Mobile concessions may be illegal

Extensions and changes to mobile concession contracts by the two state telecom enterprises were illegal and could lead to the scrapping of all concession agreements, the Council of State has found after informally examining the 1992 Private and Public Joint Venture Law, according to a highly placed source. The source said that the council's informal findings indicate that its final ruling would be along these lines. This could prompt the Information and Communications Technology (ICT) ministry to formally ask the Council what can be done to resolve the problems, rather than simply asking for a ruling on the concession extensions.

The ICT ministry is scheduled to formally ask the Council of State today for a ruling on extensions and amendments of mobile phone concessions by TOT Plc and CAT Telecom, the source said. But instead of just asking the Council for a ruling, the ministry also wants recommendations on further action it could take, he said.

Commenting on the Council of State's informal interpretation, ICT Minister Sitthichai Pokai-udom said the ministry would ask the council two things in a letter expected to be sent today.

First, he said, was whether DTAC's transfer of 12.5MHz of bandwidth on the 1800 MHz frequency spectrum to Digital Phone and True Move to operate mobile phone services was legal.

Second, the ministry will ask if the extension of mobile phone concessions to private operators by the two state telecoms without prior cabinet approval complied with the 1992 Public-Private Joint Venture Law. If not, the government wants to know how serious the violation is and what action should be taken.

Mr Sitthichai said the ministry would ask the Council of State to rule on the matters quickly. He expects a reply within a month. He explained further that if the Council ruled that the two issues raised violated the law, then the law dictates that the contracts be scrapped.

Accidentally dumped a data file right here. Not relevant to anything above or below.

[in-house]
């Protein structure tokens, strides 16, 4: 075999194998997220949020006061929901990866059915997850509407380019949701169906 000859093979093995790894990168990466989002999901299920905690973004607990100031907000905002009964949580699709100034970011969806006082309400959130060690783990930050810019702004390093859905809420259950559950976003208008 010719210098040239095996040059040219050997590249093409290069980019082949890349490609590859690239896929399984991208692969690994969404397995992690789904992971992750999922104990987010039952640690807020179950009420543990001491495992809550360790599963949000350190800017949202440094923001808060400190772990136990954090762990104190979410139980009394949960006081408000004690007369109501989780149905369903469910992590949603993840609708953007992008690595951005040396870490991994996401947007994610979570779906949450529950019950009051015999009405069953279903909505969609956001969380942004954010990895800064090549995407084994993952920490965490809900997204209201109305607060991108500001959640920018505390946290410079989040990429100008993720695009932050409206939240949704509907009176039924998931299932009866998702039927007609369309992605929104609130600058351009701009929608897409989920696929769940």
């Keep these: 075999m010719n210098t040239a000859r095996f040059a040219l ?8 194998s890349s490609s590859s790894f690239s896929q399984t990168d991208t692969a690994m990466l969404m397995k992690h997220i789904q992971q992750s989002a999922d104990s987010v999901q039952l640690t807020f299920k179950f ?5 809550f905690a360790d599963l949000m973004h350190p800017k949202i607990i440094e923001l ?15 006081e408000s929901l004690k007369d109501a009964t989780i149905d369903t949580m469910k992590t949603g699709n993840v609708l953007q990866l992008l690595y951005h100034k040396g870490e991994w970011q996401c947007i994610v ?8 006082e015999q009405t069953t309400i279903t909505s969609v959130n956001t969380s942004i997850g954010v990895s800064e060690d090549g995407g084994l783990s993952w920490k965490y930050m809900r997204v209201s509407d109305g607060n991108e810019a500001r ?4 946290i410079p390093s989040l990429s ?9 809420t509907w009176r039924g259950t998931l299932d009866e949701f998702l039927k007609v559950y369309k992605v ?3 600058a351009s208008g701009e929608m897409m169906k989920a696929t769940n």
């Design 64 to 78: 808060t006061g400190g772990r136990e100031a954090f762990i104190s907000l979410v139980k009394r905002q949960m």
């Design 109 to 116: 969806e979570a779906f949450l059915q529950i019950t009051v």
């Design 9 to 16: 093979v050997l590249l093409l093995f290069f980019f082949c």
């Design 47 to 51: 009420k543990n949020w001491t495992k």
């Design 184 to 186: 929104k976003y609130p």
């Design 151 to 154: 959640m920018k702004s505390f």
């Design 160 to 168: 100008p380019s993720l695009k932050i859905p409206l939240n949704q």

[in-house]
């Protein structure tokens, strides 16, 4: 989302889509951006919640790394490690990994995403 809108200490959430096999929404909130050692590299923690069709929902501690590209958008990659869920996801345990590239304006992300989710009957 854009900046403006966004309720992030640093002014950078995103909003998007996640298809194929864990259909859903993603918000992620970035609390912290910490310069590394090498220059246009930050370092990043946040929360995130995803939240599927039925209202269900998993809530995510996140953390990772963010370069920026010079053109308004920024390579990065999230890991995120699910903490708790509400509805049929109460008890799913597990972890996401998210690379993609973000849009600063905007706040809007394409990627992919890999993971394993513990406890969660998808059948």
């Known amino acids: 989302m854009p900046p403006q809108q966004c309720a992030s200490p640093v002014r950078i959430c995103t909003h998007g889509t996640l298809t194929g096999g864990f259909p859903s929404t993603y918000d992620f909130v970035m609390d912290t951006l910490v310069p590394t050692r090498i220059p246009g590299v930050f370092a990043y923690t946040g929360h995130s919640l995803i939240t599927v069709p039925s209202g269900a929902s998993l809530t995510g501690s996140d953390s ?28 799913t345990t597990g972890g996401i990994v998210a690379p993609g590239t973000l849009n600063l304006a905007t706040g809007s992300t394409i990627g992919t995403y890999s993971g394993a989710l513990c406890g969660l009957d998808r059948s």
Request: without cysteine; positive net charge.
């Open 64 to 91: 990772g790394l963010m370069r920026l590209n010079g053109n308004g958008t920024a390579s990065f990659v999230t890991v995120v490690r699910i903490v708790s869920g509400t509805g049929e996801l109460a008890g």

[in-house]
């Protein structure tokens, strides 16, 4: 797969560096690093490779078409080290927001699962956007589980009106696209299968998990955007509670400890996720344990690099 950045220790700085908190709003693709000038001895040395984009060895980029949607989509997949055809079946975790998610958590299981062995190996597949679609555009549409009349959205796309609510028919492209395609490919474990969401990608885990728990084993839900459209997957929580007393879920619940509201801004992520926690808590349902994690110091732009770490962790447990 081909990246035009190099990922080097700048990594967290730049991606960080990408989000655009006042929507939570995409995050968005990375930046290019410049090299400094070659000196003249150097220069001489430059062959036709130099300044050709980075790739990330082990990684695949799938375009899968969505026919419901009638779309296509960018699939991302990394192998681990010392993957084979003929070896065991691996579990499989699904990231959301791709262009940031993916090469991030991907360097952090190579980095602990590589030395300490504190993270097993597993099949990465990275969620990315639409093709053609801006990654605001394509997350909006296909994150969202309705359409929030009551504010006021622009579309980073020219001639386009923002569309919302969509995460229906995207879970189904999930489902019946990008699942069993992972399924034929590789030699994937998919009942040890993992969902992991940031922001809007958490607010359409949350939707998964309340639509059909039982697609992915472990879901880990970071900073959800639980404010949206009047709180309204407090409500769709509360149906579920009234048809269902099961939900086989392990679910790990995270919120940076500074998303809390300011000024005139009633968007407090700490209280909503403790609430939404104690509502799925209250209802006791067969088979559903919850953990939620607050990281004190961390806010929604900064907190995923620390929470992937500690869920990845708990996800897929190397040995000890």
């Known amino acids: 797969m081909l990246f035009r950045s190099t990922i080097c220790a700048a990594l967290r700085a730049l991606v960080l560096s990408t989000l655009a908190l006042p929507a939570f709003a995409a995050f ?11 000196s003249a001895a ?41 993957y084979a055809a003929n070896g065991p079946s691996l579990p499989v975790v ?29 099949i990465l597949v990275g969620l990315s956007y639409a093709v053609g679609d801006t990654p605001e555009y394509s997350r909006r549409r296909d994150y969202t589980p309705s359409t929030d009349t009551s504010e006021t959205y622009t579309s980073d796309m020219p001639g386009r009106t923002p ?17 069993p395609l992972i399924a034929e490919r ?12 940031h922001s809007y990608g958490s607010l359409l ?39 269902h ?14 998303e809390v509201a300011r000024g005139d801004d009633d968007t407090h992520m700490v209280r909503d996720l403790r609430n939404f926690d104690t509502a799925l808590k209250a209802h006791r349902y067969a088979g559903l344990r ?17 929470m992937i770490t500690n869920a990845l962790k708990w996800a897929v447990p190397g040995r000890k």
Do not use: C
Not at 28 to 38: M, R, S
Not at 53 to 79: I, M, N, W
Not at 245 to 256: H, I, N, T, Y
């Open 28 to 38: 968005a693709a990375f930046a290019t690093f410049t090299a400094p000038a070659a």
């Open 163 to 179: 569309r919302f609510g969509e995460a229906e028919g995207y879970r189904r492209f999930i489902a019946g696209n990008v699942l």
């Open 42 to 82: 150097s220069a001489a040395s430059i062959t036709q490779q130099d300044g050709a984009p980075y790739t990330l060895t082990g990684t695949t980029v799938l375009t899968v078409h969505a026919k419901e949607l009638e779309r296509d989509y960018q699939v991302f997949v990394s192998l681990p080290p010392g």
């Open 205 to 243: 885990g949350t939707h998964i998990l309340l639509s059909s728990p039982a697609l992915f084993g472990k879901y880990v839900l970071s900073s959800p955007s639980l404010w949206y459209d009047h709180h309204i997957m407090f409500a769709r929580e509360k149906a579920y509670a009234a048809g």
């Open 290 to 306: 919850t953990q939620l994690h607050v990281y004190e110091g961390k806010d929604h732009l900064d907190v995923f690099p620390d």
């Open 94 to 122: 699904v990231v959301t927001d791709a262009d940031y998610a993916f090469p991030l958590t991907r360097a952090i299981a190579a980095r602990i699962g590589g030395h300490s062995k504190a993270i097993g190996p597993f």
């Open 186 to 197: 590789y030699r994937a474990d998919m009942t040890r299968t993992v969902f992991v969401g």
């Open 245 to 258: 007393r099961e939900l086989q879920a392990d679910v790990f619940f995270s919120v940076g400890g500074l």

An earlier option to seek retroactive rectification of the extensions and amendments of the contracts is still an option, he said. But if that happens, the minister said, the ministry should have a firm legal footing in explaining why the decision was made.

Mr Sitthichai said that scrapping the concession contracts would have to be done with caution because it could plunge the telecom industry, which is a public service that has operated under this system for years, into chaos.

However, he added, the wrongdoing also involved ''technical errors'' and misdeeds by former TOT and CAT Telecom executives. Private operators also share the guilt, he said, as they knew the laws.The extension of concession contracts in the past did not value assets for payment to the state, despite the fact that the contracts were granted on the basis of a build-transfer-operate approach.

Consequently, he said, each contract extension should reflect details of such asset valuations.

Mr Sitthichai said the ministry had no intention to cause a change in the industry to bring more revenue to the state, but just to correct any past wrongdoing.

Another source said that contract extensions were not raised in the cabinet for approval in the past because the cabinet came from a coalition of parties.

Therefore, forwarding the contracts of TOT and CAT Telecom to ministers might be inconvenient, he added.

From : Source: BKK Post
By : PLA
Date : Dec 26, 2006

 
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